Did Bieber fever get the best of you this year? Join the club. The YouTube sensation and current cause of adolescent ague was the most searched person of 2011 on Microsoft’s Bing search engine.
Bieber beat out 2010 Bing champion Kim Kardashian for the top spot. But don’t feel bad for the soon-to-be-divorced reality star; Kim still nabbed the number two position and was the most searched female of the year on Bing.
President Barack Obama, however, barely cracked the top 50 — the man at the top plummeted to the bottom and placed 49th on the list of most searched people. Last year, Obama dominated the leader board in the fifth position, but this year he fell well behind the likes of Jennifer Aniston (third), Lindsay Lohan (fourth), Jennifer Lopez (fifth) and Britney Spears (sixth), in terms of cultural relevance as defined by search queries.
Even Selena Gomez, girlfriend to the search-almighty Biebs and newfound tech investor, bested the president and secured the 11th spot on the list. What that says about our society or means for Obama’s odds at reelection are yours to unravel.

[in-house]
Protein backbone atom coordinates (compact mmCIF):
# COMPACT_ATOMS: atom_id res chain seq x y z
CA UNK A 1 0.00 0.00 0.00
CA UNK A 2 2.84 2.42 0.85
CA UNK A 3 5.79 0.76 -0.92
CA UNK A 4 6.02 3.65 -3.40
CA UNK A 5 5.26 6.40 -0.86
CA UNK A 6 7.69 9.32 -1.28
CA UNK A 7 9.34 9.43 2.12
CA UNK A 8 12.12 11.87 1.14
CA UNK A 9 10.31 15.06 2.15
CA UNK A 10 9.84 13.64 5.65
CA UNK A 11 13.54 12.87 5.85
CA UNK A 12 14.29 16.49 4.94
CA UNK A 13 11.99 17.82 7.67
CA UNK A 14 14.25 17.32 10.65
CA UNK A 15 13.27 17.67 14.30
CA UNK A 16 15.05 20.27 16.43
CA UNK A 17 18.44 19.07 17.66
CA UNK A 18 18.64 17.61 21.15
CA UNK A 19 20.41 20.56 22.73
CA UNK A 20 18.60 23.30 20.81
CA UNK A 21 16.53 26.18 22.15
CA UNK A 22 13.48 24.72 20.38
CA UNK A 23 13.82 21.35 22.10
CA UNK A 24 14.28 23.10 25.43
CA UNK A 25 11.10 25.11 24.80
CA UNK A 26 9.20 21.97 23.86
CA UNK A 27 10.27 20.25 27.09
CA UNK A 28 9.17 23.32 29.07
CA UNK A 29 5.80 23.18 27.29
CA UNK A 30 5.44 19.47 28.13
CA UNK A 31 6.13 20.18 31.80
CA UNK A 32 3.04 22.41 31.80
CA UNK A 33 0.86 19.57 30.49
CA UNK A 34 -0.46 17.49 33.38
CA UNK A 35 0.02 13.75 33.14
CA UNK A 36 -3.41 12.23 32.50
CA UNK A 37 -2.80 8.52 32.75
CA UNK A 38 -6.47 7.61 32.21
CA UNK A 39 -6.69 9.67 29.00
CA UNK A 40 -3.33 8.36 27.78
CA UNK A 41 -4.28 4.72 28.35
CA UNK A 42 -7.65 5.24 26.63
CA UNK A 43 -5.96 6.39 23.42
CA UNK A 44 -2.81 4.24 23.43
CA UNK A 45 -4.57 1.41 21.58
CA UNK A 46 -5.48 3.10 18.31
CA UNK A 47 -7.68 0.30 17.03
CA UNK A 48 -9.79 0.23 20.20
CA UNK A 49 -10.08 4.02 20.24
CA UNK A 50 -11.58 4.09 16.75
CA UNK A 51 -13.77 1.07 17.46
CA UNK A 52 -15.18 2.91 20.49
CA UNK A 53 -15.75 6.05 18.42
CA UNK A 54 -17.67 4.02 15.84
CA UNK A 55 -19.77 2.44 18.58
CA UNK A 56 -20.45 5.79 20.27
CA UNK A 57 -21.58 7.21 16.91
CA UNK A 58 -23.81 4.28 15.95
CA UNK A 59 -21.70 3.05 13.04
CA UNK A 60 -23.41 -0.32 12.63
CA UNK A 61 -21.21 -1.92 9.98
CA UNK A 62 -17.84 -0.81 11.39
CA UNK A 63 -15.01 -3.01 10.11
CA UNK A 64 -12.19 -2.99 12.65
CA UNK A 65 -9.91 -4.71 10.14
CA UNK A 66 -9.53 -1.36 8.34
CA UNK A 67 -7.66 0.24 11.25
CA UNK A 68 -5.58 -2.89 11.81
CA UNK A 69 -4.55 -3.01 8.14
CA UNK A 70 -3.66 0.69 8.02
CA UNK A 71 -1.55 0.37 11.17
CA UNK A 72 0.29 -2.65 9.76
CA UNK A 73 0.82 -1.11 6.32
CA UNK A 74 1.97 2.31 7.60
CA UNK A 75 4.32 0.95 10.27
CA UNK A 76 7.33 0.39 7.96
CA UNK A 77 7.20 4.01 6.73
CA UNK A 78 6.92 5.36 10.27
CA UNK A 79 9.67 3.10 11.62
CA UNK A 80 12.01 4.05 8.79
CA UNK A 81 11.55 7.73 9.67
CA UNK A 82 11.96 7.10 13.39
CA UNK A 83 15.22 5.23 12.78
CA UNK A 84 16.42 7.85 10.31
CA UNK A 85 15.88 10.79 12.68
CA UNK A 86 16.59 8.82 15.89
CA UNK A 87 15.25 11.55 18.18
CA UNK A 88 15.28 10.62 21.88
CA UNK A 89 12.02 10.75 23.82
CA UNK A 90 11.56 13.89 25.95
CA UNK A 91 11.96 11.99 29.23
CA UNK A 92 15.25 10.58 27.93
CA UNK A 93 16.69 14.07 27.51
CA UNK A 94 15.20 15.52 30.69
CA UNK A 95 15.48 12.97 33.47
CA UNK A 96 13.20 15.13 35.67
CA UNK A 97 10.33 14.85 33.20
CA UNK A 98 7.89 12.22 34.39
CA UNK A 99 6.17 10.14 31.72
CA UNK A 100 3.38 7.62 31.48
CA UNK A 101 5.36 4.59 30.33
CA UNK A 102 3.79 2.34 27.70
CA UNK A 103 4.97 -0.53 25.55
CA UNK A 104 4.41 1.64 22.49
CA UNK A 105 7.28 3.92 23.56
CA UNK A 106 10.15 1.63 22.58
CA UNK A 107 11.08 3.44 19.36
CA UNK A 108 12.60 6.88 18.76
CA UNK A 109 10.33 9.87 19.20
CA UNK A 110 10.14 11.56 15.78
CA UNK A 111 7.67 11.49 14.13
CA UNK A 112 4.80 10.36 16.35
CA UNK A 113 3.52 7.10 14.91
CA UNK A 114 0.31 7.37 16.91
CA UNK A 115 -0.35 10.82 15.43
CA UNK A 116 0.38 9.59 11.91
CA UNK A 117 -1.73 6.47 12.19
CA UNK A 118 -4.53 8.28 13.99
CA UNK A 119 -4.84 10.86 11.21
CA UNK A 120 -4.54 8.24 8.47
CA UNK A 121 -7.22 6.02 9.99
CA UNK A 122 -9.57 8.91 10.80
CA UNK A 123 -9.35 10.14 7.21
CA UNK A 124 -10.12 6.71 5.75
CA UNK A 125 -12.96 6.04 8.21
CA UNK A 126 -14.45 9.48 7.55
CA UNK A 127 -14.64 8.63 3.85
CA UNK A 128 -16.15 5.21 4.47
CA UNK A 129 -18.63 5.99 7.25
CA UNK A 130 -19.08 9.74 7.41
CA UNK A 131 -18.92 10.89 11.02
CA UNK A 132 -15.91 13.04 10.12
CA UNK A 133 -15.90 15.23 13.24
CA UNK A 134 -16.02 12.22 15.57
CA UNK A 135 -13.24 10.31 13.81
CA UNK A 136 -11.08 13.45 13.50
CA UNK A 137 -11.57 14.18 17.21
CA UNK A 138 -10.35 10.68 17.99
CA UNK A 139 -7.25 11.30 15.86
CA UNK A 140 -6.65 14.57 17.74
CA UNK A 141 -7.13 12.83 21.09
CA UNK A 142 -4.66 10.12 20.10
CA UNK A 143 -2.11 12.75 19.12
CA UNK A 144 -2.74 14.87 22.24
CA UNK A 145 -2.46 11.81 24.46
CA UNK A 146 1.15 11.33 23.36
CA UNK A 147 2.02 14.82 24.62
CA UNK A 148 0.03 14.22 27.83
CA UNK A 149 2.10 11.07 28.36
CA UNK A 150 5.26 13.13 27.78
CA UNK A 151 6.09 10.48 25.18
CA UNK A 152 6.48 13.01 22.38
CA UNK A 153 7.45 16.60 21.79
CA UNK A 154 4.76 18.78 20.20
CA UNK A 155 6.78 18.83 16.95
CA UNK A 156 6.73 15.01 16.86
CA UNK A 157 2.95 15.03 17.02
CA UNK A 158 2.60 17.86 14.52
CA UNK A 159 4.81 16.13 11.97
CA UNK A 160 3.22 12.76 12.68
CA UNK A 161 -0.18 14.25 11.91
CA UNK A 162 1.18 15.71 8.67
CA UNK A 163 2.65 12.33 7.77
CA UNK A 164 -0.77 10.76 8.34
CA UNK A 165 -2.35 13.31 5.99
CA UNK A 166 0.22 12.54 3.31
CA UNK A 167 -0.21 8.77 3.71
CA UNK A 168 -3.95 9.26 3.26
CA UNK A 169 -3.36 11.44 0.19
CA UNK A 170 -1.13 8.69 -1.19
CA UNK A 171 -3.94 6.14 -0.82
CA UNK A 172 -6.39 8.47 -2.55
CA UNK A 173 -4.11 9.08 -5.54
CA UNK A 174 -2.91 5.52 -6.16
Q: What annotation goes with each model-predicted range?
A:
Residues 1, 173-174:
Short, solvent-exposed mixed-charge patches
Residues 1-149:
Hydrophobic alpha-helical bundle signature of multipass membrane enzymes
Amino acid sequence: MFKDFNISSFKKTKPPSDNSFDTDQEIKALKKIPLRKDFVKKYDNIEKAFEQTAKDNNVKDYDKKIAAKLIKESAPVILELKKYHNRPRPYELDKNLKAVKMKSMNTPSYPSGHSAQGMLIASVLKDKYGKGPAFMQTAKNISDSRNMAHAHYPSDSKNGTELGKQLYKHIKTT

Bing aggregated billions of search queries to also uncover the most searched news stories, sports stars, musicians, consumer electronics, TV shows, movies, celebrity events and destinations of 2011.
On the consumer electronics side of things, Microsoft’s Xbox reigned supreme — which is not exactly a shocker considering that Bing is a Microsoft property and Kinect was a big hit with gamers. Amazon’s Kindle took second place, Sony’s Playstation nabbed third, the iPhone 5 — that chimeric phone that may one day come into existence — was fourth, and Apple’s iPad came in as the fifth most searched consumer electronics device of the year.
The Casey Anthony trial, somewhat surprisingly, trumped Osama Bin Laden’s death as the most searched news story of the year, and Tiger Woods was still the second most searched for sports star (Maria Sharapova ranked first) of the year. Continuing on with pop culture phenomena, the royal wedding topped Bing’s most searched celebrity events list, while Kim Karadashian’s extravagant (but ill-fated) wedding came in third for the year.
Of course, Bing only accounts for roughly 15 percent share of the U.S. market, so the search engine’s 2011 analysis only partially reflects the nation’s predilection for Justin Bieber.
[Justin Bieber image via Shutterstock]
VB's research team is studying web-personalization... Chime in here, and we’ll share the results.